A new study recently published in The Journal of Heart and Lung Transplantation demonstrated the accuracy and utility of a risk score calculator to predict the one-year survival in patients with pulmonary arterial hypertension. The study is entitled “Prognostic implications of serial risk score assessments in patients with pulmonary arterial hypertension: A Registry to Evaluate Early and Long-Term Pulmonary Arterial Hypertension Disease Management (REVEAL) analysis.”
Pulmonary arterial hypertension is a life-threatening condition characterized by the increase of blood pressure in the pulmonary arteries that supply blood to the lungs, leading to increased pulmonary vascular resistance, right heart failure and eventually death. Overall, patients with this disorder have a poor prognosis. Clinical practice guidelines recommend personalized therapy based on each individual disease severity.
The Registry to Evaluate Early and Long-Term Pulmonary Arterial Hypertension Disease Management (REVEAL) includes records of patients treated for pulmonary arterial hypertension in the United States. This registry has been previously used to develop a risk score calculator capable of accurately predicting one-year survival, based on multiple variables, in patients with the disease. The REVEAL prognostic calculator can be updated each time a single variable is reassessed and it includes 19 variables, where some are unchangeable such as gender, while others are modifiable like systolic blood pressure or the 6-minute walk distance (6MWD) test.
In this study, the prognostic implications of changing the risk score and individual risk-score parameters were assessed in a period of 12 months with the goal of validating the calculator for repeated patient assessments. In total, 2,529 patients (mean age of 52.6 years) with pulmonary arterial hypertension within the REVEAL cohort were evaluated and grouped according to their risk score from enrollment to after 12 months into three categories — increased, unchanged or decreased risk score.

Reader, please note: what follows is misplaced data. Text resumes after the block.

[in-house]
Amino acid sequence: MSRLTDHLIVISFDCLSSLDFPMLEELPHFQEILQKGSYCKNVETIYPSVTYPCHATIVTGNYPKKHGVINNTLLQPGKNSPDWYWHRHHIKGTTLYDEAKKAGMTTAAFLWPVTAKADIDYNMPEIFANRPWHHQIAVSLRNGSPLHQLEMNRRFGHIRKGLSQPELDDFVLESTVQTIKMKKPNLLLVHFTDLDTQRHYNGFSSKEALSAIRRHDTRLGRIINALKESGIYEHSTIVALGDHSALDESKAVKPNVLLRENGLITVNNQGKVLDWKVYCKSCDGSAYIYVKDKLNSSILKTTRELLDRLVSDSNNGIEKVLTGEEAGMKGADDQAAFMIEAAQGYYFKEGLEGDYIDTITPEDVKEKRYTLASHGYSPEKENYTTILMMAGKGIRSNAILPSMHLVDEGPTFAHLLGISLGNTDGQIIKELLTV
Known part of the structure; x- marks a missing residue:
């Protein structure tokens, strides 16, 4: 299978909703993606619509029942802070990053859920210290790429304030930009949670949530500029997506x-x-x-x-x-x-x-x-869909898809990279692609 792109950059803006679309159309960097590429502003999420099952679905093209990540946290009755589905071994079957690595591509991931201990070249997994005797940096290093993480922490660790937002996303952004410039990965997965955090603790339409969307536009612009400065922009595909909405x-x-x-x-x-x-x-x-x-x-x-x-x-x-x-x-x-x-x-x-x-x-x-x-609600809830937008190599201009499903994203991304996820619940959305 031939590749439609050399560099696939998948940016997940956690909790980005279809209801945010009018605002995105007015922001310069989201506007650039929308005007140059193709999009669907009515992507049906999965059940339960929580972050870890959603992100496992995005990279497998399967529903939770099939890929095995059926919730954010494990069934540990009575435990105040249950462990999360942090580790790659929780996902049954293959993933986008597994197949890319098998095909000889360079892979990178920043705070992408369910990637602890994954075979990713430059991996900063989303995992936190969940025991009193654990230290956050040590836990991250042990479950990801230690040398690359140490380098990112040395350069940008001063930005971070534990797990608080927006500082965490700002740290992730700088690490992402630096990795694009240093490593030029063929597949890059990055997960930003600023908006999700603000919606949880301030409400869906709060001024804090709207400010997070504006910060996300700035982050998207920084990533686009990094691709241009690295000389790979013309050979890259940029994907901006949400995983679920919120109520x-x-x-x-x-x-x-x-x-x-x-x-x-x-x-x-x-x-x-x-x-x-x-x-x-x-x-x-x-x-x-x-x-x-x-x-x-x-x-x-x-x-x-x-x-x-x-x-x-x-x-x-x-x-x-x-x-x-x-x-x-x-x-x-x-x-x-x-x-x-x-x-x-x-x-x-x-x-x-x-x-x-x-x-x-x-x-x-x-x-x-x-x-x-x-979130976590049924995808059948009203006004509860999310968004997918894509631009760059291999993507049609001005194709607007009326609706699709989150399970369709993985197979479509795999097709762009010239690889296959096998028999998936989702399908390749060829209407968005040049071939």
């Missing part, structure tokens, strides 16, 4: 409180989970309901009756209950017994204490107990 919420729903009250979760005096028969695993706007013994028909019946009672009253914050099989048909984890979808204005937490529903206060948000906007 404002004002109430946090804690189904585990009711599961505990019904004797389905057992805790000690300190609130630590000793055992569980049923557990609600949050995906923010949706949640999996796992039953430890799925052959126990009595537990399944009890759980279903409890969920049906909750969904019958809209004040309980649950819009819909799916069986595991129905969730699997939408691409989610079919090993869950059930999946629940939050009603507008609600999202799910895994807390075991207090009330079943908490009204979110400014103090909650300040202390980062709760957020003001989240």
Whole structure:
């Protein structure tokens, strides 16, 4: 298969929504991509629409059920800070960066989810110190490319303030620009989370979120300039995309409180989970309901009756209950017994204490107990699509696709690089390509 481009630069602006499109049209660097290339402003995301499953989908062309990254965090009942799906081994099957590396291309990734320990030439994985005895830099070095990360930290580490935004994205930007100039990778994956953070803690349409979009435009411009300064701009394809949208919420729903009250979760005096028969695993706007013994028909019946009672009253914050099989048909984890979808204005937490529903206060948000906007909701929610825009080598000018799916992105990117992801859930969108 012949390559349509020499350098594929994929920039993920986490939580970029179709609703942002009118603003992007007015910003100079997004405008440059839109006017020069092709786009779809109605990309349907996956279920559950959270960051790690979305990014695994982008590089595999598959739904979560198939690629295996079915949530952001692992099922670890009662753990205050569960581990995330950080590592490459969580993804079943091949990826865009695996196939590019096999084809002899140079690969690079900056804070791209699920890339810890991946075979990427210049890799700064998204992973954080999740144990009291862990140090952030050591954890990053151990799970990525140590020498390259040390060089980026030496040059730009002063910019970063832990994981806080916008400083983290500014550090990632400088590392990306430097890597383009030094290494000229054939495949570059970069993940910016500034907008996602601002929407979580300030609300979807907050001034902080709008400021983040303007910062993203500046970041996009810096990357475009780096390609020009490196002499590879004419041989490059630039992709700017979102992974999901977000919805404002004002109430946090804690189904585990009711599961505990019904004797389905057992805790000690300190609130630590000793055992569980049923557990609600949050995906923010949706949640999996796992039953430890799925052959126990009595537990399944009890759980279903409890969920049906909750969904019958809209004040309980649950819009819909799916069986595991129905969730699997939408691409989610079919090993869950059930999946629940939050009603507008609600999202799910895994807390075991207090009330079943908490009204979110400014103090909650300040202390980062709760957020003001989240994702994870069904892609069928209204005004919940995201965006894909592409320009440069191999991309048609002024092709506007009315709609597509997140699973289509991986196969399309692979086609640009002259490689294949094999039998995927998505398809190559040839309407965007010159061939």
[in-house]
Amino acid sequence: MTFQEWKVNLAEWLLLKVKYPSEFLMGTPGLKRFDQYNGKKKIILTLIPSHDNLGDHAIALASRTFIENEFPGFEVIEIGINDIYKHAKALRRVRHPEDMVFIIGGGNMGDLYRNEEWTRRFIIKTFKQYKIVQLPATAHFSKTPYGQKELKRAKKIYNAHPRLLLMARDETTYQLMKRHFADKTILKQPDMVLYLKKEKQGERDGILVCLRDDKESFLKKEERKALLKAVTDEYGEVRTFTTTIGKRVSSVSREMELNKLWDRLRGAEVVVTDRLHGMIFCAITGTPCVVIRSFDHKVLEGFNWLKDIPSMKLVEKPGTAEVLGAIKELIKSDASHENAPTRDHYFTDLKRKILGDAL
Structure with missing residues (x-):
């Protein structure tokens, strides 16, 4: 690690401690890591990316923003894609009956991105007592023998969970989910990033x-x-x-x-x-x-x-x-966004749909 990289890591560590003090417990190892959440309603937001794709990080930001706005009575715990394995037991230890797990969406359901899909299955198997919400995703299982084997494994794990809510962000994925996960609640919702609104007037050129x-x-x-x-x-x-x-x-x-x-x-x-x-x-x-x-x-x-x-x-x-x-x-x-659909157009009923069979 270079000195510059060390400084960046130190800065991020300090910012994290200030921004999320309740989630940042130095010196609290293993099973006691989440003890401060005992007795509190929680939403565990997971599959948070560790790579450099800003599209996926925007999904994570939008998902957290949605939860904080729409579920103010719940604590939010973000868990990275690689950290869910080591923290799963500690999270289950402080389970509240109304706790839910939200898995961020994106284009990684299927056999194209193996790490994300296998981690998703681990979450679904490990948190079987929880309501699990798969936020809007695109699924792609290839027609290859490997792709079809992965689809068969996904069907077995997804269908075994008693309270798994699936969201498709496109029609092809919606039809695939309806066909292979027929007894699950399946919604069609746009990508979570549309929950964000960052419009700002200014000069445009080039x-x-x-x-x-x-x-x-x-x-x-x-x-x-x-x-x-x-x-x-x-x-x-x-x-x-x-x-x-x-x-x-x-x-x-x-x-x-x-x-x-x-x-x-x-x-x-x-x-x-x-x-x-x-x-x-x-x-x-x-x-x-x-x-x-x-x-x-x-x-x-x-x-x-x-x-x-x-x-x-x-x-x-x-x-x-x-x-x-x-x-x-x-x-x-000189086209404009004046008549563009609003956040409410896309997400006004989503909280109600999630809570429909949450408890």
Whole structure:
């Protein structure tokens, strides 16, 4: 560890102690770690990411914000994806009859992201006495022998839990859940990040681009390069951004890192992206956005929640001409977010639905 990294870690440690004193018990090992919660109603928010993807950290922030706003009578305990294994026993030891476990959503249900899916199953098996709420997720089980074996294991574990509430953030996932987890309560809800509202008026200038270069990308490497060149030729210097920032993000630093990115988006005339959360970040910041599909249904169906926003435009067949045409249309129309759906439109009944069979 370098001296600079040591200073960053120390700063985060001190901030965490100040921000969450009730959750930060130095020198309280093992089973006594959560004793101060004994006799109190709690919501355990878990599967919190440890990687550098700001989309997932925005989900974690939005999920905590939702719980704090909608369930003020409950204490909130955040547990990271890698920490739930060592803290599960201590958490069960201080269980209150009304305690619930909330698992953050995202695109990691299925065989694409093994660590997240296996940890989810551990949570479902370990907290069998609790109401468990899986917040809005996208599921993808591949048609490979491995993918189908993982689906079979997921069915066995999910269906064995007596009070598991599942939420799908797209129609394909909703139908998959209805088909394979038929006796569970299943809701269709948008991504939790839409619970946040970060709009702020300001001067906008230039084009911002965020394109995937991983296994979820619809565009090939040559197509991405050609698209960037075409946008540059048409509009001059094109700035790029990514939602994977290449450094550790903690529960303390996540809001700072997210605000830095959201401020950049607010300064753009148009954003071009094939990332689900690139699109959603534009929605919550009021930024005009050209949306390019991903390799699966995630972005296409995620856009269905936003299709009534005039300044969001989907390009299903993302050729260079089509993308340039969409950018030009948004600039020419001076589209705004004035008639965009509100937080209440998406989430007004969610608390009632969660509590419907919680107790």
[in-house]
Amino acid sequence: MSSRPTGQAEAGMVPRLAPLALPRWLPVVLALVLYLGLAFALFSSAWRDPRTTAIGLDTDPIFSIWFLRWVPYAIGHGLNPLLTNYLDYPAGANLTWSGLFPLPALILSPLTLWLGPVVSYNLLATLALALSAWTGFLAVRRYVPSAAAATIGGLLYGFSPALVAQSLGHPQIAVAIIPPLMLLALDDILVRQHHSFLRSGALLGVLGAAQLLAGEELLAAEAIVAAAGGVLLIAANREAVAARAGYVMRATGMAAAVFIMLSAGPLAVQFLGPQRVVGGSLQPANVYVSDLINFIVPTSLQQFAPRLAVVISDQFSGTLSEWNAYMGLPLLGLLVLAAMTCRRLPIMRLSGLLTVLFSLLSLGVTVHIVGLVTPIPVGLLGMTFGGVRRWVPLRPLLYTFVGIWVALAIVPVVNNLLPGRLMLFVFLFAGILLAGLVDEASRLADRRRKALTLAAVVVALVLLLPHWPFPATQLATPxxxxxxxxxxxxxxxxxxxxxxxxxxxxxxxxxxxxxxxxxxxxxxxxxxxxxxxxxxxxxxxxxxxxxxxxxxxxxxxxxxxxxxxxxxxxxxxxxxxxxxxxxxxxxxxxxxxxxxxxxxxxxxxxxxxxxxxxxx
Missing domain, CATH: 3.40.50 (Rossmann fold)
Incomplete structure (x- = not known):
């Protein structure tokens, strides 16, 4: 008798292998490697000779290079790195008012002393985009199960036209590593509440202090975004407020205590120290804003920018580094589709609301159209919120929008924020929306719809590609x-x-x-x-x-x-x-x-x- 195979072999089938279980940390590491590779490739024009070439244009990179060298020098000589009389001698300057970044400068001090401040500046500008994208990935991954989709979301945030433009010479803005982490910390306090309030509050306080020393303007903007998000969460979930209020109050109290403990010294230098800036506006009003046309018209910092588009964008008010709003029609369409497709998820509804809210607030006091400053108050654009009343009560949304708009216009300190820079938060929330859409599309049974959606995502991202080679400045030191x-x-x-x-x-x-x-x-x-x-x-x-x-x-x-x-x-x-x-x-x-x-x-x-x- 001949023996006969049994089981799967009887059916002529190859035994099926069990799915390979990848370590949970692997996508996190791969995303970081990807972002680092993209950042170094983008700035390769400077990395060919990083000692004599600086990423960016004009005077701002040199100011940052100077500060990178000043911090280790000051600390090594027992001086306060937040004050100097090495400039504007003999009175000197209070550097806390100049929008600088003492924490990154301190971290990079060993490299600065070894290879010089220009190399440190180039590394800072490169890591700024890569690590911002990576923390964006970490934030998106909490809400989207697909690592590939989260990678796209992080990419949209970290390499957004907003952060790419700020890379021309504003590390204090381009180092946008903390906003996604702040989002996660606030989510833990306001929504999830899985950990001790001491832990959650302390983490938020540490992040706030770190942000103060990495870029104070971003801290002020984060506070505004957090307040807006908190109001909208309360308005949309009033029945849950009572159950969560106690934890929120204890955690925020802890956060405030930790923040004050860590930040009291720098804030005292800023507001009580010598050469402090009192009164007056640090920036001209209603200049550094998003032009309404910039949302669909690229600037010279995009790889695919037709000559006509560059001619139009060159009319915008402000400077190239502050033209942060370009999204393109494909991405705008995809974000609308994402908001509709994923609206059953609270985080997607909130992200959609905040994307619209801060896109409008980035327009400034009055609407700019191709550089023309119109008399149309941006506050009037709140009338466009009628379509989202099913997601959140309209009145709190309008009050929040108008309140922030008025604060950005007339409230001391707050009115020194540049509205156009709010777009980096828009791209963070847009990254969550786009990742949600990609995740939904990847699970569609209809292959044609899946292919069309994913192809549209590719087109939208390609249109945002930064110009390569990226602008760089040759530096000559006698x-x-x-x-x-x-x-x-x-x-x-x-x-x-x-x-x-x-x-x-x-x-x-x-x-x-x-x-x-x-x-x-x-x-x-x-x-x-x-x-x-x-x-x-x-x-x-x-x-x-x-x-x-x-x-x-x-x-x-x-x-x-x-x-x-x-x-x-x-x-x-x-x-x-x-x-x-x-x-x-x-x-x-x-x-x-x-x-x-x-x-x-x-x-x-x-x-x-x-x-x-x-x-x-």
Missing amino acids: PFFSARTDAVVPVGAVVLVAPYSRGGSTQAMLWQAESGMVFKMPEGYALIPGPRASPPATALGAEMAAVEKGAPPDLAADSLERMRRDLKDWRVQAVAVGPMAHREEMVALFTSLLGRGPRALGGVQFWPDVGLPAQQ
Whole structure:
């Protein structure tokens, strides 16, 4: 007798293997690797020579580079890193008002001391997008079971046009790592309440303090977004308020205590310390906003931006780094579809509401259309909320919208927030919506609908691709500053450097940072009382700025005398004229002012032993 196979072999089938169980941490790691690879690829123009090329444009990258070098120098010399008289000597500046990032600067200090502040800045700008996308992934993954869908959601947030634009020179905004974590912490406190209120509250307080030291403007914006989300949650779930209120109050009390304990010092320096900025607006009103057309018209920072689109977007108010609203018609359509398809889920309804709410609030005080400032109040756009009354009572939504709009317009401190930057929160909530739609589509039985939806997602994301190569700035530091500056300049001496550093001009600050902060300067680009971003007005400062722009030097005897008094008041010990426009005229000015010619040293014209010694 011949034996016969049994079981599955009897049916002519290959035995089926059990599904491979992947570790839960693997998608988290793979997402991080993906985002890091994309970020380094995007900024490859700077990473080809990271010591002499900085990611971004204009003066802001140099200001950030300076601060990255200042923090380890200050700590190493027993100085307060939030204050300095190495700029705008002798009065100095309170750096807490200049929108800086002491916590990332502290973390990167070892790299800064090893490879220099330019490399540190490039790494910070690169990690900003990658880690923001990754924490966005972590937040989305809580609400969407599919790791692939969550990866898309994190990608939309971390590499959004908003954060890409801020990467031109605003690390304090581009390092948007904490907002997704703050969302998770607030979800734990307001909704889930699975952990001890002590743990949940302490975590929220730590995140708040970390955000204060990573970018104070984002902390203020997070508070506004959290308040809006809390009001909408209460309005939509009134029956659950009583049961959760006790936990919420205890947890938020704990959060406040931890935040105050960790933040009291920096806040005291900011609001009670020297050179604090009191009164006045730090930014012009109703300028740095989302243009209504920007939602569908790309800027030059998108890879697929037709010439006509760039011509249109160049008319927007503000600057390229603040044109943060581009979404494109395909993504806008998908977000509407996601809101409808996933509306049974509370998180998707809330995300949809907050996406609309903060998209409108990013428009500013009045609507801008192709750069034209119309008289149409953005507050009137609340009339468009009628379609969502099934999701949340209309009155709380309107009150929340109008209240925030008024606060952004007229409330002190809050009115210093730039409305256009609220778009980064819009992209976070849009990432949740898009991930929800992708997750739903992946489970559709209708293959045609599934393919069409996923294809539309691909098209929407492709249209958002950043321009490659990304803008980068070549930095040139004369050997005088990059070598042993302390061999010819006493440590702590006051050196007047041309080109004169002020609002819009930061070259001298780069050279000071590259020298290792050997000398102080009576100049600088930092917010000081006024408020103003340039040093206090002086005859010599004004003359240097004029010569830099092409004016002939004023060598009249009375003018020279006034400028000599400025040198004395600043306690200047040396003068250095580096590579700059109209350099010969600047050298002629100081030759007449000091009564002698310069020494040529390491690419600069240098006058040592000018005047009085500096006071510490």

Researchers found that 800 patients’ risk score decreased, while 959 had no change and 770 had an increase 12 months after enrollment in the study. Six parameters in particular were found to change enough to improve or worsen risk scores in 5 to 16% of the patients. These were: systolic blood pressure, 6MWD, heart rate, functional class of hypertension, pericardial effusion status (abnormal accumulation of fluid in the pericardial cavity around the heart) and brain natriuretic peptide (BNP) levels. In the subsequent year, the one-year survival rates were 93.7% for patients with decreased risk score, 90.3% for patients with unchanged risk score, and 84.6% in patients with an increased risk score. The change in risk score was found to be a strong predictor of future survival.
The research team concluded that patients with pulmonary arterial hypertension can exhibit changes in REVEAL risk scores over a 12-month period, and that these are important predictors of survival. In this way, the team proposes that regular assessments with the REVEAL risk score calculator can help clinicians identify modifications in disease progression and offer a personalized therapy to meet the specific needs of each patient. Researchers believe that with additional validation, the risk score calculator could be incorporated into routine clinical practice.